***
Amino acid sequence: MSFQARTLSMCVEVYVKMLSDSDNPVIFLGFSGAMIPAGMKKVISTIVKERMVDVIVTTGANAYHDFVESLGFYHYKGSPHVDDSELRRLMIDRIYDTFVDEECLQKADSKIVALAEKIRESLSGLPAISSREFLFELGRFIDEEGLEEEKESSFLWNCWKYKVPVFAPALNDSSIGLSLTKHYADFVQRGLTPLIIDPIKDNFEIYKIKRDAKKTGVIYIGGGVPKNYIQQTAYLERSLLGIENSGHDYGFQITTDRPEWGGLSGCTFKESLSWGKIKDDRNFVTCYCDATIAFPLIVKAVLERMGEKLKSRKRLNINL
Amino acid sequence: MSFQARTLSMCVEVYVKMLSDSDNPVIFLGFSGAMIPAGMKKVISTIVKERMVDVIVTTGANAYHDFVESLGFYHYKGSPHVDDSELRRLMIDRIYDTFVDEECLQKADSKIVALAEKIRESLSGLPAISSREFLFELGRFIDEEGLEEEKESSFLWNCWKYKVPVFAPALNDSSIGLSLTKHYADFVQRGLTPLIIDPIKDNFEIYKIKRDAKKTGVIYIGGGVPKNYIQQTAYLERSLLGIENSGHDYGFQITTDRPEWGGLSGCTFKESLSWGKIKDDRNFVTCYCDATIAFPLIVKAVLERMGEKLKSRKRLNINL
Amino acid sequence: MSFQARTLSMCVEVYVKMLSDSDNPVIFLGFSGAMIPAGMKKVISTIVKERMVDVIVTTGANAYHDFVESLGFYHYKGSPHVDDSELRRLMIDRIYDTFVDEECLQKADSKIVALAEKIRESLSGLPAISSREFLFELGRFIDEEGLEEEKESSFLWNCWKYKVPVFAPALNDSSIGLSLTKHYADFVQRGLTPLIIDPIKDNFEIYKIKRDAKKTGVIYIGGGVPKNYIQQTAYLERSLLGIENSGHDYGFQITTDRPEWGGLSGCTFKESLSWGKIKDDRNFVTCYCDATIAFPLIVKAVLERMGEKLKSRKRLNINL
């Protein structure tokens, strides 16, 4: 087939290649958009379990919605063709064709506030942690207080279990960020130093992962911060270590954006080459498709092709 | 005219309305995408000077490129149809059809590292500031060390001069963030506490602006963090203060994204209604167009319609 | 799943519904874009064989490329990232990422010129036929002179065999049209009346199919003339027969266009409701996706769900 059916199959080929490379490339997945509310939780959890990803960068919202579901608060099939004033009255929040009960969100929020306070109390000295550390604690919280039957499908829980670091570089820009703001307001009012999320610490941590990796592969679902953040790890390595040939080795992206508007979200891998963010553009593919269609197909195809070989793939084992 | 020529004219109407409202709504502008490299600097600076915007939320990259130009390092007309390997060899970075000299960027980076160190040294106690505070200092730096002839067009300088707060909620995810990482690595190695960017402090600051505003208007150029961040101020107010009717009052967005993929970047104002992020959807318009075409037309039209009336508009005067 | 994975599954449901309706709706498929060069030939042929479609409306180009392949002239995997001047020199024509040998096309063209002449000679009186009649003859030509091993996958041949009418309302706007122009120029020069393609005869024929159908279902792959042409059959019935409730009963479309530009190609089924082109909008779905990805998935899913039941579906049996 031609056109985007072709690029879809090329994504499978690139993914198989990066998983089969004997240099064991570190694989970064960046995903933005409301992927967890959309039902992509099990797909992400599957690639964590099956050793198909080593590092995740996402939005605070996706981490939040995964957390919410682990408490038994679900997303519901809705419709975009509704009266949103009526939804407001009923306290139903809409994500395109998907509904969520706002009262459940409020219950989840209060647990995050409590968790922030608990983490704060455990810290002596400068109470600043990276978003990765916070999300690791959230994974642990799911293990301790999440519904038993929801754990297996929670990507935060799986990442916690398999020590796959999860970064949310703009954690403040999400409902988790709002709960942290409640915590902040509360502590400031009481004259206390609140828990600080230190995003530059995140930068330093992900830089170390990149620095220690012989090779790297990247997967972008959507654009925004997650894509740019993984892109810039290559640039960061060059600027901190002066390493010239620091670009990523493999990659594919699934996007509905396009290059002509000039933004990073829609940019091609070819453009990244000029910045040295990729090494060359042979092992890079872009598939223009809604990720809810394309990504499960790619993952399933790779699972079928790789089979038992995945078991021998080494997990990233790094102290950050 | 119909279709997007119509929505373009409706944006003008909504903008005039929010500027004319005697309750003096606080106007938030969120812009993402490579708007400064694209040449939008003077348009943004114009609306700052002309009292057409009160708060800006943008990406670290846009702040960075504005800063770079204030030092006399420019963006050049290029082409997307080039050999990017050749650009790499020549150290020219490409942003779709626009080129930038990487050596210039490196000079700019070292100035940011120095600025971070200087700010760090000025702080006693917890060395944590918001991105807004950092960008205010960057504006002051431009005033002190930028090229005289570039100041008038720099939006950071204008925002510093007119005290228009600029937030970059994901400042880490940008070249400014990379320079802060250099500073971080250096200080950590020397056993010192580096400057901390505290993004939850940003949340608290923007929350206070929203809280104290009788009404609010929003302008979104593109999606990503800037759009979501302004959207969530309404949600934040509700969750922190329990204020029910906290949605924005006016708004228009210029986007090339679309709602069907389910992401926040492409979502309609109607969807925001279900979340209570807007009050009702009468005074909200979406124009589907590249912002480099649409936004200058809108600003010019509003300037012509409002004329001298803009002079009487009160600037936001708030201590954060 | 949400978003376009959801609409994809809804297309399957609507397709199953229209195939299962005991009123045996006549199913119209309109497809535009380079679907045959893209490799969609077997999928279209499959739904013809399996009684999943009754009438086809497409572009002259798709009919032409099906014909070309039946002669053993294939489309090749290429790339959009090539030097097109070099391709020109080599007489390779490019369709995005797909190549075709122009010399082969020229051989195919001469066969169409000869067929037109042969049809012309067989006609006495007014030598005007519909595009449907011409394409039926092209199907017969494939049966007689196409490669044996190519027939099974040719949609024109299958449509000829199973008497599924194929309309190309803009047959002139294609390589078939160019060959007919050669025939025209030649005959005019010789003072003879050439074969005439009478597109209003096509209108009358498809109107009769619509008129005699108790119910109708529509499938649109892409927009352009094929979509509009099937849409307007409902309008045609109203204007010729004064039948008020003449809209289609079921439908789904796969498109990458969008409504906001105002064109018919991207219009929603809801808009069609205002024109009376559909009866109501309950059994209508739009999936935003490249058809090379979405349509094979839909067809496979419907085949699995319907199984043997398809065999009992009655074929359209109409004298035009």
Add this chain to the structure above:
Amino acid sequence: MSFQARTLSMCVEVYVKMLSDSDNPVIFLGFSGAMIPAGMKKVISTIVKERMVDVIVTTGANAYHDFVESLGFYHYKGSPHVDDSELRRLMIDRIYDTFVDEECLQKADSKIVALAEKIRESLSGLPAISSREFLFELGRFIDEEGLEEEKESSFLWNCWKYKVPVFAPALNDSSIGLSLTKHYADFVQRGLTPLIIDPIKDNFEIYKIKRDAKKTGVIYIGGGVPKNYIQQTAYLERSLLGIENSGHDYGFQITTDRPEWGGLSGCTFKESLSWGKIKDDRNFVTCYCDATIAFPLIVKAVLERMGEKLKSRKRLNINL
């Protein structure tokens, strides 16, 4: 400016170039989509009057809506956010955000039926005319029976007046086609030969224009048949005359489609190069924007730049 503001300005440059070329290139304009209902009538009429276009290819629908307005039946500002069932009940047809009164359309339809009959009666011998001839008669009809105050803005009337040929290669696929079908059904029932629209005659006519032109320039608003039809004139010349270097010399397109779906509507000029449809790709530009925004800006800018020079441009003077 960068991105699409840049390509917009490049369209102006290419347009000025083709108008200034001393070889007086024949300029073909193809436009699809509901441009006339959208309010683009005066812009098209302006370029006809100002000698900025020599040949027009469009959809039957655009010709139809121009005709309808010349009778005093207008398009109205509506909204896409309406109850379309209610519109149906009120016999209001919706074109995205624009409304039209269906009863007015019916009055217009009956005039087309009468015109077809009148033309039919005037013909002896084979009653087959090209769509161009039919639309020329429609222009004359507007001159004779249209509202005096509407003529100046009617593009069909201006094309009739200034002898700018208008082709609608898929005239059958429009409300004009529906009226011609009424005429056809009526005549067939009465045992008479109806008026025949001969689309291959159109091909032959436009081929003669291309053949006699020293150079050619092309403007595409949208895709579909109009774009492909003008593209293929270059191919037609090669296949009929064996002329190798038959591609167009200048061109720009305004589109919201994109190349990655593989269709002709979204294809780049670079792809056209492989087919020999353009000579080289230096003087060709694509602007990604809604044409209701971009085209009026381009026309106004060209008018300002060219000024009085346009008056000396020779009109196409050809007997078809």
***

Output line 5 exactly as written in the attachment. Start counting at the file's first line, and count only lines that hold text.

Add this chain to the structure above: